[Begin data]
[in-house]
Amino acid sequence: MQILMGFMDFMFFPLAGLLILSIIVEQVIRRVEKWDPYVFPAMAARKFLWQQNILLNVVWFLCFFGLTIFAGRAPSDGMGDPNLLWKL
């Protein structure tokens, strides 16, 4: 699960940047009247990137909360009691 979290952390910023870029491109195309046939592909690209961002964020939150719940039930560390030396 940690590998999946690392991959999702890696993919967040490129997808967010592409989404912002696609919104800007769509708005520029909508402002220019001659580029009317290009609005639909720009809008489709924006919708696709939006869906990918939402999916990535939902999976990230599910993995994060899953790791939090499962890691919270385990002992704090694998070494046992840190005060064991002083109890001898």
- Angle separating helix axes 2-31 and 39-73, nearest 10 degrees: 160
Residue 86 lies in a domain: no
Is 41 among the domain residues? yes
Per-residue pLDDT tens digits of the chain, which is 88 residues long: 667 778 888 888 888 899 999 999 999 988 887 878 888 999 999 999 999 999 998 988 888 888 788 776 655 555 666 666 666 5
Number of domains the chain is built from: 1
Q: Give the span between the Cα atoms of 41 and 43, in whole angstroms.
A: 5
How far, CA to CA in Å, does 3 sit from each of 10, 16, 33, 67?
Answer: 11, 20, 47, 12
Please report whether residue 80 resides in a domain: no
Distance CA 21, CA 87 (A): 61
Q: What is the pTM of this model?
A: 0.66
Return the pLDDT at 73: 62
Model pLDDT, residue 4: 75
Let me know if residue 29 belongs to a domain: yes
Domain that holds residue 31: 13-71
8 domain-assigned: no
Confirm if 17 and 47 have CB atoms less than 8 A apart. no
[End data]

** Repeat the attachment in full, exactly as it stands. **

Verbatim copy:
[in-house]
Amino acid sequence: MQILMGFMDFMFFPLAGLLILSIIVEQVIRRVEKWDPYVFPAMAARKFLWQQNILLNVVWFLCFFGLTIFAGRAPSDGMGDPNLLWKL
């Protein structure tokens, strides 16, 4: 699960940047009247990137909360009691 979290952390910023870029491109195309046939592909690209961002964020939150719940039930560390030396 940690590998999946690392991959999702890696993919967040490129997808967010592409989404912002696609919104800007769509708005520029909508402002220019001659580029009317290009609005639909720009809008489709924006919708696709939006869906990918939402999916990535939902999976990230599910993995994060899953790791939090499962890691919270385990002992704090694998070494046992840190005060064991002083109890001898």
- Angle separating helix axes 2-31 and 39-73, nearest 10 degrees: 160
Residue 86 lies in a domain: no
Is 41 among the domain residues? yes
Per-residue pLDDT tens digits of the chain, which is 88 residues long: 667 778 888 888 888 899 999 999 999 988 887 878 888 999 999 999 999 999 998 988 888 888 788 776 655 555 666 666 666 5
Number of domains the chain is built from: 1
Q: Give the span between the Cα atoms of 41 and 43, in whole angstroms.
A: 5
How far, CA to CA in Å, does 3 sit from each of 10, 16, 33, 67?
Answer: 11, 20, 47, 12
Please report whether residue 80 resides in a domain: no
Distance CA 21, CA 87 (A): 61
Q: What is the pTM of this model?
A: 0.66
Return the pLDDT at 73: 62
Model pLDDT, residue 4: 75
Let me know if residue 29 belongs to a domain: yes
Domain that holds residue 31: 13-71
8 domain-assigned: no
Confirm if 17 and 47 have CB atoms less than 8 A apart. no